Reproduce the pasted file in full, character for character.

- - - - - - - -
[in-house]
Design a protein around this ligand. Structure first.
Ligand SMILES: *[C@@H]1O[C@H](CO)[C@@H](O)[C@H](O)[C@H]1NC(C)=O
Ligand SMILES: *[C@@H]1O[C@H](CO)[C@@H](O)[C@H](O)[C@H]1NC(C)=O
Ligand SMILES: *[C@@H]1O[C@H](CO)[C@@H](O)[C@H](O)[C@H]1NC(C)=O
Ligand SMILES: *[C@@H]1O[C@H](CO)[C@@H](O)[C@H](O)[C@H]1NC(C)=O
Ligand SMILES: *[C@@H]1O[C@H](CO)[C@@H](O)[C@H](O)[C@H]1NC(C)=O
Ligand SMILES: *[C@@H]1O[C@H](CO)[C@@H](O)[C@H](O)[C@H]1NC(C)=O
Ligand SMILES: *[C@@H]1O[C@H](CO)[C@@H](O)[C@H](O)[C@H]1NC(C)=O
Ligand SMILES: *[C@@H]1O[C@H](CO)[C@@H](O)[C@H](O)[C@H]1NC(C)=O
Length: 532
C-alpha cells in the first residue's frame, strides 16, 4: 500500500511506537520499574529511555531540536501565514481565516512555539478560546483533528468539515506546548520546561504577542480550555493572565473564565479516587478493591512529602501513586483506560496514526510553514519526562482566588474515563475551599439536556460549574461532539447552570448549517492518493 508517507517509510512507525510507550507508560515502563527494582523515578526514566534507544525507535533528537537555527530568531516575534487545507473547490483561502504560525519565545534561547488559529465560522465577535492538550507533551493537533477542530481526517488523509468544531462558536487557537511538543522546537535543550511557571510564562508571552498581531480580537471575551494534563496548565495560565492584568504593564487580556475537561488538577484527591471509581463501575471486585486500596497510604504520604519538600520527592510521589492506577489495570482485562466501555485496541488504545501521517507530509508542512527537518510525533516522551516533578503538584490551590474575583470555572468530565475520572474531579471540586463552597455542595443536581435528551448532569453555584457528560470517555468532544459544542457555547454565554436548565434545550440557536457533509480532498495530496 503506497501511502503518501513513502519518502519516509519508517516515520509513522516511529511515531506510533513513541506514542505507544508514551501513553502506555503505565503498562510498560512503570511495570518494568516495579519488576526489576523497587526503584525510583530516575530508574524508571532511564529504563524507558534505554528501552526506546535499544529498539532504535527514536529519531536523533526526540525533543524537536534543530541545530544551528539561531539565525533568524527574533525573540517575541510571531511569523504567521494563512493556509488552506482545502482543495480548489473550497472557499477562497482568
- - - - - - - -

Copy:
[in-house]
Design a protein around this ligand. Structure first.
Ligand SMILES: *[C@@H]1O[C@H](CO)[C@@H](O)[C@H](O)[C@H]1NC(C)=O
Ligand SMILES: *[C@@H]1O[C@H](CO)[C@@H](O)[C@H](O)[C@H]1NC(C)=O
Ligand SMILES: *[C@@H]1O[C@H](CO)[C@@H](O)[C@H](O)[C@H]1NC(C)=O
Ligand SMILES: *[C@@H]1O[C@H](CO)[C@@H](O)[C@H](O)[C@H]1NC(C)=O
Ligand SMILES: *[C@@H]1O[C@H](CO)[C@@H](O)[C@H](O)[C@H]1NC(C)=O
Ligand SMILES: *[C@@H]1O[C@H](CO)[C@@H](O)[C@H](O)[C@H]1NC(C)=O
Ligand SMILES: *[C@@H]1O[C@H](CO)[C@@H](O)[C@H](O)[C@H]1NC(C)=O
Ligand SMILES: *[C@@H]1O[C@H](CO)[C@@H](O)[C@H](O)[C@H]1NC(C)=O
Length: 532
C-alpha cells in the first residue's frame, strides 16, 4: 500500500511506537520499574529511555531540536501565514481565516512555539478560546483533528468539515506546548520546561504577542480550555493572565473564565479516587478493591512529602501513586483506560496514526510553514519526562482566588474515563475551599439536556460549574461532539447552570448549517492518493 508517507517509510512507525510507550507508560515502563527494582523515578526514566534507544525507535533528537537555527530568531516575534487545507473547490483561502504560525519565545534561547488559529465560522465577535492538550507533551493537533477542530481526517488523509468544531462558536487557537511538543522546537535543550511557571510564562508571552498581531480580537471575551494534563496548565495560565492584568504593564487580556475537561488538577484527591471509581463501575471486585486500596497510604504520604519538600520527592510521589492506577489495570482485562466501555485496541488504545501521517507530509508542512527537518510525533516522551516533578503538584490551590474575583470555572468530565475520572474531579471540586463552597455542595443536581435528551448532569453555584457528560470517555468532544459544542457555547454565554436548565434545550440557536457533509480532498495530496 503506497501511502503518501513513502519518502519516509519508517516515520509513522516511529511515531506510533513513541506514542505507544508514551501513553502506555503505565503498562510498560512503570511495570518494568516495579519488576526489576523497587526503584525510583530516575530508574524508571532511564529504563524507558534505554528501552526506546535499544529498539532504535527514536529519531536523533526526540525533543524537536534543530541545530544551528539561531539565525533568524527574533525573540517575541510571531511569523504567521494563512493556509488552506482545502482543495480548489473550497472557499477562497482568